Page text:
old Exeter boarding-house.
The band produced that agreeable concord yesterday, and contributed from their success to my breakfast.
Our triumphs just now are chiefly culinary; but an achievement of that kind is not to be despised.
“A soldier's courage lies in his stomach,” says Frederick the Great; and I mean that the Commissary of our division, and the Commissary of our regiment, and the captains and the cooks, shall accept the doctrine, and apply its lessons, if I can make them.
Much as he enjoys the success of these achievements, he soon complains that no opportunity is offered them for ‘teaching the men to take care of themselves on the march and in active duty.’
At one time he writes: ‘It is idle to disguise the fact, that it is a heaviness to the natural and unregenerate heart to see no prospect of achievement, no opportunity of action.’
And again: ‘I must say, I think the tonic of victory would be of most happy and invigorating influence.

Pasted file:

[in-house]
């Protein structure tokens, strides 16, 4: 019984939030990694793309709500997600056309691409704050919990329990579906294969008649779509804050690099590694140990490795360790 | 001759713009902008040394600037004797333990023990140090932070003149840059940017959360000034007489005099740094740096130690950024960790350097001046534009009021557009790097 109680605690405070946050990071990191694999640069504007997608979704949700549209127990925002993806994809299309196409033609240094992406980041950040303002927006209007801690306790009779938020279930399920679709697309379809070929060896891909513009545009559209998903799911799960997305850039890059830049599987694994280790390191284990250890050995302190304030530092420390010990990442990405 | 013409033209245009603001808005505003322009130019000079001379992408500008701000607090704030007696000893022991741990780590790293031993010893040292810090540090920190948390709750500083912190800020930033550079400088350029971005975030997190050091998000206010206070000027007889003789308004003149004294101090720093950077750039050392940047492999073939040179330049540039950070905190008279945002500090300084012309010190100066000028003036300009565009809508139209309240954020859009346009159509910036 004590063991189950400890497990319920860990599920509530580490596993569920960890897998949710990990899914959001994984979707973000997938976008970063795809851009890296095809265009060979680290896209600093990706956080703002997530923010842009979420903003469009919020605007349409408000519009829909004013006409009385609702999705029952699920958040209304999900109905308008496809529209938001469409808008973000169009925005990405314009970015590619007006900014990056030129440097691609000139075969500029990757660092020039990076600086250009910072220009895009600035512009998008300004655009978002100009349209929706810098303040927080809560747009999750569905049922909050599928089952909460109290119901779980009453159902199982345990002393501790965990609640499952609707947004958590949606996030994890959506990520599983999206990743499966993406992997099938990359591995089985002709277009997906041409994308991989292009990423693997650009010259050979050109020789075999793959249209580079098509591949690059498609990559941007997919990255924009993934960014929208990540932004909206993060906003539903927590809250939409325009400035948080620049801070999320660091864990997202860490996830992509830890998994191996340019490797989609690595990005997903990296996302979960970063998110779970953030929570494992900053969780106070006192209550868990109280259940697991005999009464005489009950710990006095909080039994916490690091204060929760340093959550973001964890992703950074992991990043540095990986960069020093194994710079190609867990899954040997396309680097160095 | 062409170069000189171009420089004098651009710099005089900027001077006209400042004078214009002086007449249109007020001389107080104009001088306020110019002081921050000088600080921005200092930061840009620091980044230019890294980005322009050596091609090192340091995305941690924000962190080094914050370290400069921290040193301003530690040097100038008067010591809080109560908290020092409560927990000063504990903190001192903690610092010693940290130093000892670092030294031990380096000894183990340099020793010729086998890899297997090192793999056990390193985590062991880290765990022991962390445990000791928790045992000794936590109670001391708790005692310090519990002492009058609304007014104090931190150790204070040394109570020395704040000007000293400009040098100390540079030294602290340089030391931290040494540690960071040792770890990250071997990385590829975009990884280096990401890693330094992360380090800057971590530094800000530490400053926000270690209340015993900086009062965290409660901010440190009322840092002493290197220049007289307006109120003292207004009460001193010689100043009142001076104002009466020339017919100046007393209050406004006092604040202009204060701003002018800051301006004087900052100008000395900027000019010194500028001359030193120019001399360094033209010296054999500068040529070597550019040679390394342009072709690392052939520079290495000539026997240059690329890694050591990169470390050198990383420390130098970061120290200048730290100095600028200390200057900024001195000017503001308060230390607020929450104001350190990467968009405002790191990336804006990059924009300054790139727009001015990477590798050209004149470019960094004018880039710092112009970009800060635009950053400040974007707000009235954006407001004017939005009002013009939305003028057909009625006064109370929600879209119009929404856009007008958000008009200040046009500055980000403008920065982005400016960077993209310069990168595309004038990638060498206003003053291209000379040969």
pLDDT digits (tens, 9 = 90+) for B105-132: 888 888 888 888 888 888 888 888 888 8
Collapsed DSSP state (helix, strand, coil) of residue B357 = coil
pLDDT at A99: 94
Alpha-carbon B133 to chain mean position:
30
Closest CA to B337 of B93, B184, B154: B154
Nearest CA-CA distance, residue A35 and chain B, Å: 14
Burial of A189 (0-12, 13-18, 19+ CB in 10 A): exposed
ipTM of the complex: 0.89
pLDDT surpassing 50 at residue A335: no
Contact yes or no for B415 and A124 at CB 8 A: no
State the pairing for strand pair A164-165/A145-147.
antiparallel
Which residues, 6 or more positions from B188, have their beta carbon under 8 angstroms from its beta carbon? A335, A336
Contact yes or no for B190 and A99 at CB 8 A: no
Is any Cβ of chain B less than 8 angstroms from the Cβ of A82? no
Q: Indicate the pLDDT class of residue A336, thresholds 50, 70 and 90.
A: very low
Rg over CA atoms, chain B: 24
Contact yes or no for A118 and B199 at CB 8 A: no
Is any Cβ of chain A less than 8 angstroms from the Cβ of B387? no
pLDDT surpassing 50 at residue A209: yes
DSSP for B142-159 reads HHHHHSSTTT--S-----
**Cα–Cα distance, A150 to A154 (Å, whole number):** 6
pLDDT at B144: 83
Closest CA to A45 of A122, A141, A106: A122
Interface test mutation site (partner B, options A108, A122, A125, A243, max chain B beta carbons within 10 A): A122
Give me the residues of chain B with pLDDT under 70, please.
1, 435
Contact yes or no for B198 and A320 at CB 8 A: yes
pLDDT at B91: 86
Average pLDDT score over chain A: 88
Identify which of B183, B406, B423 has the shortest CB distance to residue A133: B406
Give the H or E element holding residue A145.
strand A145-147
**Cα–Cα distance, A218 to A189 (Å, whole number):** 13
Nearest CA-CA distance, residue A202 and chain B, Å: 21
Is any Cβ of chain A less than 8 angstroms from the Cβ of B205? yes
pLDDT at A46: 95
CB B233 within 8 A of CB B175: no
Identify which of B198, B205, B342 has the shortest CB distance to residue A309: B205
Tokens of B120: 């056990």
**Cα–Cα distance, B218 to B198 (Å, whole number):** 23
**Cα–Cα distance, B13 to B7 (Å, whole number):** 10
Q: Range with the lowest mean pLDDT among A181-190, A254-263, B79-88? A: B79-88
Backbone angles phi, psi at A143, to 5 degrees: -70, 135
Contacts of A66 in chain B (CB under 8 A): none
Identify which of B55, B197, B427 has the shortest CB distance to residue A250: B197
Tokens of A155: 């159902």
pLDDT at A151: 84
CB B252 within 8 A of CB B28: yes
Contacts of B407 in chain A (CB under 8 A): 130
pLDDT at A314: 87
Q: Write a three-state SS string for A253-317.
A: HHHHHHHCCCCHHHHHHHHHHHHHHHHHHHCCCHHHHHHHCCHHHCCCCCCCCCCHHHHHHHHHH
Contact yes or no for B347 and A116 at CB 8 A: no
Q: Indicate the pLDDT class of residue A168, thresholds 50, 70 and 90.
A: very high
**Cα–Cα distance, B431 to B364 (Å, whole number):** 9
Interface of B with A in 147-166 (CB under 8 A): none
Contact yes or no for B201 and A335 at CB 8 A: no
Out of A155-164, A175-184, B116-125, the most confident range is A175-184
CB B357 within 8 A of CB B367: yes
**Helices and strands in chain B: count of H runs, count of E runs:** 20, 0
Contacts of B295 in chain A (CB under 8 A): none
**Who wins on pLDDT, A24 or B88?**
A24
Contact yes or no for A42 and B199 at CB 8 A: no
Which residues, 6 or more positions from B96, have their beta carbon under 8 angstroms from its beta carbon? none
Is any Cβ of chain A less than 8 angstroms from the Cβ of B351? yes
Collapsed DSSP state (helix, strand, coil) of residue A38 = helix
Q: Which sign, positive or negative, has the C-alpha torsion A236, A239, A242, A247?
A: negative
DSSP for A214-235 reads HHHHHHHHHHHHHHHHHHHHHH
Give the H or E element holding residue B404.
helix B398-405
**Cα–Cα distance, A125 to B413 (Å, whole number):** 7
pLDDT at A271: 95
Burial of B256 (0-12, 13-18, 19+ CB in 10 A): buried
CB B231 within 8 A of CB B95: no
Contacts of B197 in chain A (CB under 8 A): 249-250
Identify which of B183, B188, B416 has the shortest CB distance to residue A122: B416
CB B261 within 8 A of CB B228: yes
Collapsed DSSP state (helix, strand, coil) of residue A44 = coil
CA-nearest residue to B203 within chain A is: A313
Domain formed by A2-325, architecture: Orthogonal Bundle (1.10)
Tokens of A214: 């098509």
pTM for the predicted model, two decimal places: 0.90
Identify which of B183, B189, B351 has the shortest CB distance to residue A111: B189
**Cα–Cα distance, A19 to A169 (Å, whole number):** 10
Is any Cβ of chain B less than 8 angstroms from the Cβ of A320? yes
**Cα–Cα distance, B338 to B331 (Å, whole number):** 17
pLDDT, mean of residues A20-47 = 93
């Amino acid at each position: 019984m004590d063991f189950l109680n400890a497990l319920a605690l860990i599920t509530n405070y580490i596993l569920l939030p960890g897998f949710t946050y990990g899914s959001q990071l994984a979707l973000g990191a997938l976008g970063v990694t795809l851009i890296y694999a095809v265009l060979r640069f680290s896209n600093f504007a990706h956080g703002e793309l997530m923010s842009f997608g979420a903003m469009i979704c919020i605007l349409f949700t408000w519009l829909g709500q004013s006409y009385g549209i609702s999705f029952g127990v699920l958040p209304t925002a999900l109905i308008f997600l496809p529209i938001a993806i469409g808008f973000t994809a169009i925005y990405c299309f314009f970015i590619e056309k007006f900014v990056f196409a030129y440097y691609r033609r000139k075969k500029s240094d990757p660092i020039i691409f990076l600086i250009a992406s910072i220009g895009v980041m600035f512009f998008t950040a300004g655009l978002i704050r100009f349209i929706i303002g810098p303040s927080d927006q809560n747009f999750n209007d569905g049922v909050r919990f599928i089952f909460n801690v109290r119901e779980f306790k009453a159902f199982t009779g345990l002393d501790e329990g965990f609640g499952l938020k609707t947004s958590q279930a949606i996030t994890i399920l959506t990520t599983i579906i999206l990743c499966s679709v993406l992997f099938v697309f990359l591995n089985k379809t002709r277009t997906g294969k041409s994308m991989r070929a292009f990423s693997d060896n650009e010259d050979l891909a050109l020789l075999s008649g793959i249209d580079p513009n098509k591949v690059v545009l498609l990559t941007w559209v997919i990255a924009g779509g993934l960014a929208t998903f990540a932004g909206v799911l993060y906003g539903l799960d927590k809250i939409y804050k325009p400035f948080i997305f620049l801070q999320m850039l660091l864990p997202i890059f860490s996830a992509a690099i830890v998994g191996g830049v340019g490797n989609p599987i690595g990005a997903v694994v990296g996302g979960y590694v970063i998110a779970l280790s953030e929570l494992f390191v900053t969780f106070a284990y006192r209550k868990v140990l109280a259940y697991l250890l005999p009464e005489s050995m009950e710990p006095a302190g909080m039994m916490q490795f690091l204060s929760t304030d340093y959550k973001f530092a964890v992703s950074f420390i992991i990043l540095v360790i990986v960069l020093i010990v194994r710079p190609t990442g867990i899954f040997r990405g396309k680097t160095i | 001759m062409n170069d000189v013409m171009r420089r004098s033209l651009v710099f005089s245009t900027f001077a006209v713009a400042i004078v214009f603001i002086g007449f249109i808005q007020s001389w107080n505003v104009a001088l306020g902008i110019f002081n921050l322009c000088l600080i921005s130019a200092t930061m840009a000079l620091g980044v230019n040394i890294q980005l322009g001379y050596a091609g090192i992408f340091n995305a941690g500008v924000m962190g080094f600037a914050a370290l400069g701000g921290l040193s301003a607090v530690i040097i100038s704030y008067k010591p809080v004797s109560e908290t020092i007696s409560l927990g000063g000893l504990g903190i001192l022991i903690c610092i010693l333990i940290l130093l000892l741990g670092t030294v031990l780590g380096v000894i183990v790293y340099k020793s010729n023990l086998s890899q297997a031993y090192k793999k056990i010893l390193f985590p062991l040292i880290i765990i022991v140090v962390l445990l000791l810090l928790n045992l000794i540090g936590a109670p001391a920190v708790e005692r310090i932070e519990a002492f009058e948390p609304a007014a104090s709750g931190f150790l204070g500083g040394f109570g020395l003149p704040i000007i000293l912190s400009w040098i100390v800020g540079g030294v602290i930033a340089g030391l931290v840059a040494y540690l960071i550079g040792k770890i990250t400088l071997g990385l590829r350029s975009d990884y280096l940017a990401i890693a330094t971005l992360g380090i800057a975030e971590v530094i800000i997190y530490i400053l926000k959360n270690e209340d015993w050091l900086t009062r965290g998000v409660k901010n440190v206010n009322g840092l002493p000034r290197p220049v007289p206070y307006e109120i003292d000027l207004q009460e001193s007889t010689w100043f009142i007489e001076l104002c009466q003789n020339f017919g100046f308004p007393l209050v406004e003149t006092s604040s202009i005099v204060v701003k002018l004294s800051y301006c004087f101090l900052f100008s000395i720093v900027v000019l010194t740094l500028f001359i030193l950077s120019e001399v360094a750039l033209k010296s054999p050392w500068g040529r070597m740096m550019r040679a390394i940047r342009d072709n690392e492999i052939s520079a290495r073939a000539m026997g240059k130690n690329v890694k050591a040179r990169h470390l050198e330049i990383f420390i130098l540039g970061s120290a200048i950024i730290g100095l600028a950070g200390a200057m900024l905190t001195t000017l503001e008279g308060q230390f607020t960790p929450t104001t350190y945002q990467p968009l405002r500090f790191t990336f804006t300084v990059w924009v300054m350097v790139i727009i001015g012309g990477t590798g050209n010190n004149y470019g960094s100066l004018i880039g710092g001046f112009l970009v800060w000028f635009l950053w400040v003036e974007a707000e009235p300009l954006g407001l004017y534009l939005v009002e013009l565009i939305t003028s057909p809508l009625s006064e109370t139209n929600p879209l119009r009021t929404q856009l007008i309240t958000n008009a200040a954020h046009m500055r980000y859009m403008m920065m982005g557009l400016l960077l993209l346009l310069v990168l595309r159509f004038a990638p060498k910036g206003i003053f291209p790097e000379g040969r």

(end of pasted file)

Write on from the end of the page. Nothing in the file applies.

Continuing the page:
Give me a little of the ecstasy of strife; bother this constant rehearsal.’
After rejoicing over the victories at Roanoke
, in Tennessee
, and in Missouri
, he exclaims:—
Exploit, achievement, victory!
and I not there! I may feel and express foolishness, and I think I do; but I had rather lose my life to-morrow in a victory than save it for fifty years without one!
When I speak of myself as not there, I mean the Massachusetts Second, in whose fortunes and hopes I merge my own. I ought, perhaps, to burn this letter; but I'll send it, I believe.
In an hour or two I shall be cheerful as ever, and continue the service of standing and waiting with good heart, I hope.
He did so; yet at times his eagerness for action would express itself.
Once he exclaims:—
I presume I love life, and home, and friends as much as any one; but I should sooner give them all up to-morrow, than to have our regiment go home empty. . . . . If you have any prayers to give, give them all to the supplication that the Second Regiment of Massachusetts Volunteers may find a field whereon to write a record of itself.
Do not spend your days in weakly fearing or regretting this or that life,—lives whose whole sweetness and value depend upon their opportunities, not upon their length.
A day later we find him returning to the cheerful acquiescence